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The Wisconsin alumni magazine
Volume 1, Number 4 (Jan. 1900)

The University during the war,   pp. 153-160

Page 159

University During the War.
  The quintette of captains furnished by the class of '64 com-
prised the following: Bradley, who commanded a company
of colored troops; Norcross, of the 13th infantry; Stone and
Miller, both of the 2oth, and Spooner of the 5oth. The other
captains, were: Remick, of no regular class, a captain in the
iith infantry; Sinclair W. Botkin, of '-57, of 'the 23d infantry;
and Tredway, of '63, a captain and quartermaster.
  The list of lieutenants, regimental adjutants and quartermas-
ters is'too long to be recited here, as is also the list of those
who served in the ranks. But the omission must not be con-
strued by the future historian as a disparagement either of their
services, or of their military genius and proficiency in the art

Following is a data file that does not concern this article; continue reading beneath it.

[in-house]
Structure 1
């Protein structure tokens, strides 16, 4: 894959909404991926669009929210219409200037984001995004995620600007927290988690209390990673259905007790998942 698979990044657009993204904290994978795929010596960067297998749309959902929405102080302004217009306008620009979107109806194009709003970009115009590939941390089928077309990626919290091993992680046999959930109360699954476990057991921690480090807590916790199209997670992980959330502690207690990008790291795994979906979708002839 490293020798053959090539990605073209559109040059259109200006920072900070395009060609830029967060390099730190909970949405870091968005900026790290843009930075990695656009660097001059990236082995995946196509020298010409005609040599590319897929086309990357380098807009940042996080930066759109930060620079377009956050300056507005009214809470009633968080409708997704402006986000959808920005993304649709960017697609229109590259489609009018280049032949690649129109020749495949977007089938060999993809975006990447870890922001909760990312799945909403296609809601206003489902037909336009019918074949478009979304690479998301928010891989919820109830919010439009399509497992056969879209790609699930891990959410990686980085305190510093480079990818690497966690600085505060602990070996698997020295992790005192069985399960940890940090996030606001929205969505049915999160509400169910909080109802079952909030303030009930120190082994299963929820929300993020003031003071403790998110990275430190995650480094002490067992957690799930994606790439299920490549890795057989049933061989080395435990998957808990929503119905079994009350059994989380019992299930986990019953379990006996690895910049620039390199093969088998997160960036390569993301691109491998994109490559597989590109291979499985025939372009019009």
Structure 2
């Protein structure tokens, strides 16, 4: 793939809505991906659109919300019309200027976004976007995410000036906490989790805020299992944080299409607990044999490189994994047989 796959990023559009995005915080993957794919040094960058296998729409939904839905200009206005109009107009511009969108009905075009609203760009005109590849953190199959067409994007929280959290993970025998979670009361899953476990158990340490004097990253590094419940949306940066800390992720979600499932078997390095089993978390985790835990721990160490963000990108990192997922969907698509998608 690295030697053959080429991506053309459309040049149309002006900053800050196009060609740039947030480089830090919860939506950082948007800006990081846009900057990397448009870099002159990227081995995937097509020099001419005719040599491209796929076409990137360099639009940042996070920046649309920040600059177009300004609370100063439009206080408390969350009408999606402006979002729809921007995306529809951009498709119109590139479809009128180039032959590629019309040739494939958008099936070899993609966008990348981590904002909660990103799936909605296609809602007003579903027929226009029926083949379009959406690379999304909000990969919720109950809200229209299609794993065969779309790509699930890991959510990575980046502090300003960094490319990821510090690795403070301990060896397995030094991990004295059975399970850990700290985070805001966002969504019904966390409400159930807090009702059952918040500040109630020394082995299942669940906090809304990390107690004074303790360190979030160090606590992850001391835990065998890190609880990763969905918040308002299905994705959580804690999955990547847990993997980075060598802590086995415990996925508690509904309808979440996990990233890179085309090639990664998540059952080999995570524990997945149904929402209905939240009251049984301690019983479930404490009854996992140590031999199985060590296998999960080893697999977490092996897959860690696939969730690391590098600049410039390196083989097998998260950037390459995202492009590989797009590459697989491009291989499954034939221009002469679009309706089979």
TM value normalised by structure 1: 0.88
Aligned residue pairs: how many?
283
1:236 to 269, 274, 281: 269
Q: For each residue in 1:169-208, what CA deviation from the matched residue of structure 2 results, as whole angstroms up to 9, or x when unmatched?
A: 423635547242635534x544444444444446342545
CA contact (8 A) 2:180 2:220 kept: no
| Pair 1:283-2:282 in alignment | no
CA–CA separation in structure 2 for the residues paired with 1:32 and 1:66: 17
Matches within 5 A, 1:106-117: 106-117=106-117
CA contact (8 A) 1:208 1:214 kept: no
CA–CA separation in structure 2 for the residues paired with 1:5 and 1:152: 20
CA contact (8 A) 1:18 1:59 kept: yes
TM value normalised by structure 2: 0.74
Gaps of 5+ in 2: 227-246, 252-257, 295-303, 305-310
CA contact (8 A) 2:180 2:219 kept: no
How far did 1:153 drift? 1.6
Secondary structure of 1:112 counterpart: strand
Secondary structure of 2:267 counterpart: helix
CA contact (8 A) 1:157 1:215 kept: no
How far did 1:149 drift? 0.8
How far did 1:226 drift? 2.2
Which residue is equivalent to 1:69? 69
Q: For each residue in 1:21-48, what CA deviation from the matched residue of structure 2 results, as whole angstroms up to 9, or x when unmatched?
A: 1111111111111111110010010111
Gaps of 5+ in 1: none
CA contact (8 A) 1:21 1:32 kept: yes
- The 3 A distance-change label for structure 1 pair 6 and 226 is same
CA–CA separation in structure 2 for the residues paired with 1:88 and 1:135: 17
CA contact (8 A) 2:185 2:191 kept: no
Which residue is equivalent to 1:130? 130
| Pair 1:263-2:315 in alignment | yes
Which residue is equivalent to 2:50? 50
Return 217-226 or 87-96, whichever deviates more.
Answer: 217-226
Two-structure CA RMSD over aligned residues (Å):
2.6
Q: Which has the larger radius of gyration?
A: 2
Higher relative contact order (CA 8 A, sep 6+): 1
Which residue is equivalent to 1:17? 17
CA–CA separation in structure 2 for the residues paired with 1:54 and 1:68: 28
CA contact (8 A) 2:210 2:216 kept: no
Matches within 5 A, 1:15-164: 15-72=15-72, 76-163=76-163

of war. For some of us who carried muskets were profoundly
impressed with our knowledge of the milit ry art, and dis-
cussed the gravest military problems with a perspicuity which
would certainly have astonished a Sherman or a von Moltke.
  And we flattered ourselves that we were of that class of citi-
zen soldiers, of whom some of the unnumbered and unremem-
bered war poets wrote:
               "Only a private in the ranks,
                 Yet sure I -am indeed
                 If all the privates were like him,
                 Few captains would they need."
  But the warriors were not all at the front. And this imper-
fect sketch of the arms and heroes of that time would be more
imperfect still if it omitted to mention the n~ilitary spirit de-
veloped within the college from a very early pleriod of the war.
During the fall term of i86i, this spirit took definite shape, re-
sulting in the organization of a company among the students
for the purpose of military drill and of fitting its members for
active service in the field, should their services be required;
and right well did it fulfil these objects. Th original organi-
zation and the efficiency which it subsequently attained were
largely due to the untiring labors of our first captain, Miller,
of '64, who had returned from the three months' service and re-
sumed his studies for a few months, before again entering the
army upon the organization of the 2oth infartry in the spring
of, 1862. Arms were furnished the company by General Utley,

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